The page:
Walking in sync makes enemies seem less scary

three men walking in step with each other

Men who walk in sync may begin to think of their enemies as weaker and smaller, a new study suggests.

Pavel P./FLICKR  (CC BY 2.0)

When men match each others’ steps, purported criminals seem less physically formidable, a new study shows. The results, published August 27 in Biology Letters, suggest that matched movements in men may foster fighting alliances, a behavior seen in apes and some dolphins and whales. The team did not test women’s responses to matched movements. 

Because synchronized behaviors — used in everything from athletics to police formation — seem to shape how people think about their enemies, the matched movements may pave the way for violence, the scientists suggest.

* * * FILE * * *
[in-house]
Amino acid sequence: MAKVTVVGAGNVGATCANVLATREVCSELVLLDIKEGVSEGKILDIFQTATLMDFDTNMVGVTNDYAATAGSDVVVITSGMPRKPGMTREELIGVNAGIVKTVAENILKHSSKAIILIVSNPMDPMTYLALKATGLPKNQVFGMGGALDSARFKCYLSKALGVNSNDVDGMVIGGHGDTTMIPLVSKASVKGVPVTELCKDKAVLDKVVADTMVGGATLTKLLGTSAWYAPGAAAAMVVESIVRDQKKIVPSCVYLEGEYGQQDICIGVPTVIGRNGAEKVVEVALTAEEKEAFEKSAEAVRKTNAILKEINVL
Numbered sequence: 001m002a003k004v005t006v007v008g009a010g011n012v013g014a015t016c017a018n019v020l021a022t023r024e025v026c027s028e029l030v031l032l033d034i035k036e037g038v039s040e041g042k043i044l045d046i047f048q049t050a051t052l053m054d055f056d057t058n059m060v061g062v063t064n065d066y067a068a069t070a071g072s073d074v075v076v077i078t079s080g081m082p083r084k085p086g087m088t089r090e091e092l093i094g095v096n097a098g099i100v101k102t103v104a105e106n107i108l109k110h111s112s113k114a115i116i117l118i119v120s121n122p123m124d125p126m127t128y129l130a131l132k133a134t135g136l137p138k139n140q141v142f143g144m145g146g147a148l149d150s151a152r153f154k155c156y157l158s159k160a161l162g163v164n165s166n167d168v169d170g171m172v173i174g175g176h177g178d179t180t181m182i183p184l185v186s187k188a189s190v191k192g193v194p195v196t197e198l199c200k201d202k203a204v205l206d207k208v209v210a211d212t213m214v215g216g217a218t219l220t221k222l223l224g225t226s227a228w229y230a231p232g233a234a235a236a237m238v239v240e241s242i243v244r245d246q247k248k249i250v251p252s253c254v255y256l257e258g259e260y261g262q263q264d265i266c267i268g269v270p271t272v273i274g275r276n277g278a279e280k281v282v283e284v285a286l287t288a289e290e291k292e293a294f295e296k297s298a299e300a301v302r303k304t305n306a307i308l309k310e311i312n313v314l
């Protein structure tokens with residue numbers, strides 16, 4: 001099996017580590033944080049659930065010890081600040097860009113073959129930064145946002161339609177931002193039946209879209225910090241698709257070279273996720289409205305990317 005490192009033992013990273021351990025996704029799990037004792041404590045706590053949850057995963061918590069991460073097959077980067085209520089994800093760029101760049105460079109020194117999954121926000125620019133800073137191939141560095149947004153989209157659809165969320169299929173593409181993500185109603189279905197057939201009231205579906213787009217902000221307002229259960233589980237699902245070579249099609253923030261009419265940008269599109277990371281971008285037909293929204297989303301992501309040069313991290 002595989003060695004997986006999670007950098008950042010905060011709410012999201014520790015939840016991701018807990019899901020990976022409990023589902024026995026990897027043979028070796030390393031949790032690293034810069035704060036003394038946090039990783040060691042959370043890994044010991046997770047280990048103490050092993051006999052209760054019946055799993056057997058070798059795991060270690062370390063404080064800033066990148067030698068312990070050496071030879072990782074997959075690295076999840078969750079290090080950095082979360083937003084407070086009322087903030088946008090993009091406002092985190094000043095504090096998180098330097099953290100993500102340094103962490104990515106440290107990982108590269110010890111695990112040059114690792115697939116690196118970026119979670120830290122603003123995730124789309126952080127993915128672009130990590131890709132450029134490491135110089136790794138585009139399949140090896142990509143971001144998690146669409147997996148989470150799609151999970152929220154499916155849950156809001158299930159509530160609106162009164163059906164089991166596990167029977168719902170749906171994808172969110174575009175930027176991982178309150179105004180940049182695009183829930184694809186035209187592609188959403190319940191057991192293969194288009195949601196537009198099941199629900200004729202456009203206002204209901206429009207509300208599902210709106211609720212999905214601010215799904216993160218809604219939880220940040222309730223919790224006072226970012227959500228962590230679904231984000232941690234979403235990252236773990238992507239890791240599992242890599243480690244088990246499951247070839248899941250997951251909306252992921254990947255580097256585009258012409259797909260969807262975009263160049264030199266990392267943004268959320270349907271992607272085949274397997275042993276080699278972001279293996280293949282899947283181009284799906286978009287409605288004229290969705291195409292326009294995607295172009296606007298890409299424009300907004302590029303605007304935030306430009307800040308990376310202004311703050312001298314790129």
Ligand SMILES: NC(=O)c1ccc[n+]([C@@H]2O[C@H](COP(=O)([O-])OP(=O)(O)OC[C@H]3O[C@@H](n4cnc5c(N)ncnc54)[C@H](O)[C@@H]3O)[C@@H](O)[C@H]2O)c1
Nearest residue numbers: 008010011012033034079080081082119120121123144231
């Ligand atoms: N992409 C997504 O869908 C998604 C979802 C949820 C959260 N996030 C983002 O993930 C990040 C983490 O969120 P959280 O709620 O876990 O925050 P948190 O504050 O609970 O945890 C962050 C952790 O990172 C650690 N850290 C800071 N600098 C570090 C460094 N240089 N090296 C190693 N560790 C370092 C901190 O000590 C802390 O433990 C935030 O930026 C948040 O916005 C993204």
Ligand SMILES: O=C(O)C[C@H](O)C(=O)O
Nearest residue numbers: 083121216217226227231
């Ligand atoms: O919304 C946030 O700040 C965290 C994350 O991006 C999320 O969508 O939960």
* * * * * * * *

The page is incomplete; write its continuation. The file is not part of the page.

Ashley Yeager is the associate news editor at Science News. She has worked at The Scientist, the Simons Foundation, Duke University and the W.M. Keck Observatory, and was the web producer for Science News from 2013 to 2015. She has a bachelor’s degree in journalism from the University of Tennessee, Knoxville, and a master’s degree in science writing from MIT.

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